What is Vasicek Model?
Bank regulators utilise the Vasicek model to predict the extreme percentile of the loss distribution.
The Vasicek model relates the probability of default to the value of a factor. That factor can be considered a measure of the recent health of the economy. It uses the Gaussian copula model to define the correlation between defaults.
Example of Vasicek Model:
Assume the probability of default (PD) is the same for all companies in an extensive portfolio. The binary probability of the default distribution for the company i for one year is mapped to a standard normal distribution U, as described in the previous section. Values in the extreme left tail of this standard normal distribution correspond to default, whereas the rest of the distribution corresponds to no default.
Ui ≤ N-1 (PD)
Where N-1 is the inverse cumulative normal distribution.
For example, if PD = 1%, company/defaults if:
Ui ≤ N-1 (0.01) = – 2.326
Values of i, between minus infinity and -2.326 correspond to default, while values between -2.326 and infinity correspond to no default.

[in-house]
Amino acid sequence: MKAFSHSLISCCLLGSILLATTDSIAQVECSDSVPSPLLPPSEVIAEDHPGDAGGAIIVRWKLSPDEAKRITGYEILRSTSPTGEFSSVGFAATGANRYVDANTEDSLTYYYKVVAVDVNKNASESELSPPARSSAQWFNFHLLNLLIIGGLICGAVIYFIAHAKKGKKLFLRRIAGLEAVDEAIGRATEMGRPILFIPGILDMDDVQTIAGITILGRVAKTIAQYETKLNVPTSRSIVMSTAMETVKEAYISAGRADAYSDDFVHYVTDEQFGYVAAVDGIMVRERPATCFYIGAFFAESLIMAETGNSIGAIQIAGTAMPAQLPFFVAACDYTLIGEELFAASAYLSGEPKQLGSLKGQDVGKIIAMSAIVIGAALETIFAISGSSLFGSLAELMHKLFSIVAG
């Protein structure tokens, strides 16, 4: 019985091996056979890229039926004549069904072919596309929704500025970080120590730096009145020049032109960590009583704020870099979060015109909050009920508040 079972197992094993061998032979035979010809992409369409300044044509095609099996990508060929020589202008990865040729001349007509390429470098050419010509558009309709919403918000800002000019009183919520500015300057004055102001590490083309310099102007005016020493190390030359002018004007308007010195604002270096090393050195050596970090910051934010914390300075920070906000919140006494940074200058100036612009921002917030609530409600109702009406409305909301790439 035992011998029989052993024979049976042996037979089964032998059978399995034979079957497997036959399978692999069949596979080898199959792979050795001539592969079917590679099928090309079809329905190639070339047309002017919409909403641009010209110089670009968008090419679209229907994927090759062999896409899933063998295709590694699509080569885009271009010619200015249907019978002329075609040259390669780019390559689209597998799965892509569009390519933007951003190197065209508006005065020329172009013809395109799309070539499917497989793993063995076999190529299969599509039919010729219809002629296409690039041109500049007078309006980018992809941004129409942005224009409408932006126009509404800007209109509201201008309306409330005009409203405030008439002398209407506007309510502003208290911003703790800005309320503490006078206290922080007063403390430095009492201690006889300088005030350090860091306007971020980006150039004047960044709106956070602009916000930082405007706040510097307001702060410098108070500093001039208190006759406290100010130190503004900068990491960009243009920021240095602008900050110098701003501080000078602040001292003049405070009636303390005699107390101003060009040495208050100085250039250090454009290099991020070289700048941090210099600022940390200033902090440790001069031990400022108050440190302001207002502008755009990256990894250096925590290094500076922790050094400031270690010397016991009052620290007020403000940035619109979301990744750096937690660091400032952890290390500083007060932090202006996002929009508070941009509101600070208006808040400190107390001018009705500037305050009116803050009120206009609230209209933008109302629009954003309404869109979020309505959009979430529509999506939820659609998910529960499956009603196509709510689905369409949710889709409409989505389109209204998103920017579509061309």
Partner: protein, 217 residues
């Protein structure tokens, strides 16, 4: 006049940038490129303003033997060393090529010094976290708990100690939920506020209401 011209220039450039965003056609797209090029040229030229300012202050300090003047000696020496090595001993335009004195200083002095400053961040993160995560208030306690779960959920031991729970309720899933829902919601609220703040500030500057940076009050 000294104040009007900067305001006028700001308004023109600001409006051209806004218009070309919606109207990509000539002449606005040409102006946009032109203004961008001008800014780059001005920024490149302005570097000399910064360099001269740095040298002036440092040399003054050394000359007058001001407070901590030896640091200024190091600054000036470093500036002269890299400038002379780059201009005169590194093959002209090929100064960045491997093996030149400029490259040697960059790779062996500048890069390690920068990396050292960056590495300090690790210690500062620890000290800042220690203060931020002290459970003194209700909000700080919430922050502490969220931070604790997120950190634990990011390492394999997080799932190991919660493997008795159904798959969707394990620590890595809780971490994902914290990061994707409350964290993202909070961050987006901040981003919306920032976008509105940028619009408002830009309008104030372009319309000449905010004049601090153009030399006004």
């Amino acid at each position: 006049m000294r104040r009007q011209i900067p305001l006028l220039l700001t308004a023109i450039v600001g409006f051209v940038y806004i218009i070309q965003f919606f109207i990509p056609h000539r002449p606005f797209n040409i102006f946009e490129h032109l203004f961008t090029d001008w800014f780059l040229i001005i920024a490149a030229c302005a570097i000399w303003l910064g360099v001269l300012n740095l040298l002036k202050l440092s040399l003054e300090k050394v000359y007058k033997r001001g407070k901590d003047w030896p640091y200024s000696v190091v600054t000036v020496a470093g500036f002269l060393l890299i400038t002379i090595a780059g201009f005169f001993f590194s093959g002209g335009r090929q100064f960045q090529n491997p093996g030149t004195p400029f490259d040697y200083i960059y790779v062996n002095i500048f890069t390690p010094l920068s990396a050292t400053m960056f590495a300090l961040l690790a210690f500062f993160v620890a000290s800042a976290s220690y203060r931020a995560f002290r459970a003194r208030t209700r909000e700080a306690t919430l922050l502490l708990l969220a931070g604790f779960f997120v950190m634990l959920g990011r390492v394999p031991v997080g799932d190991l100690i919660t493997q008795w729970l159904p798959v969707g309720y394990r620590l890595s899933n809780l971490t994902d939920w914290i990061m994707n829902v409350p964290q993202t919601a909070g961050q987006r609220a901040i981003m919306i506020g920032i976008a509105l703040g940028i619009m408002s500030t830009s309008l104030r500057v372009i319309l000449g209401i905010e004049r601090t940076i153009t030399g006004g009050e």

Why is Vasicek Model important?
The Vasicek model exhibits a mean-reversion, which helps predict future interest rate movements. As shown in the table below, when market shocks cause the interest rate (or “short rate”) to be higher than the long term mean, the drift factor (drt = a(b-rt)) is lower than 0 – indicating that the interest rate is likely to decrease.
|Short Rate, rt||Rate Change, drt|
rt > b
Short Rate is greater than Long Term Rate
drt = a(b – rt) < 0
Adjust Short Rate Process Downwards
rt < b
Short Rate is less than Long Term Rate
drt = a(b – rt) > 0
Adjust Short Rate Process Upwards
Table 1: Mean Reverting Drift: drt = a(b – rt)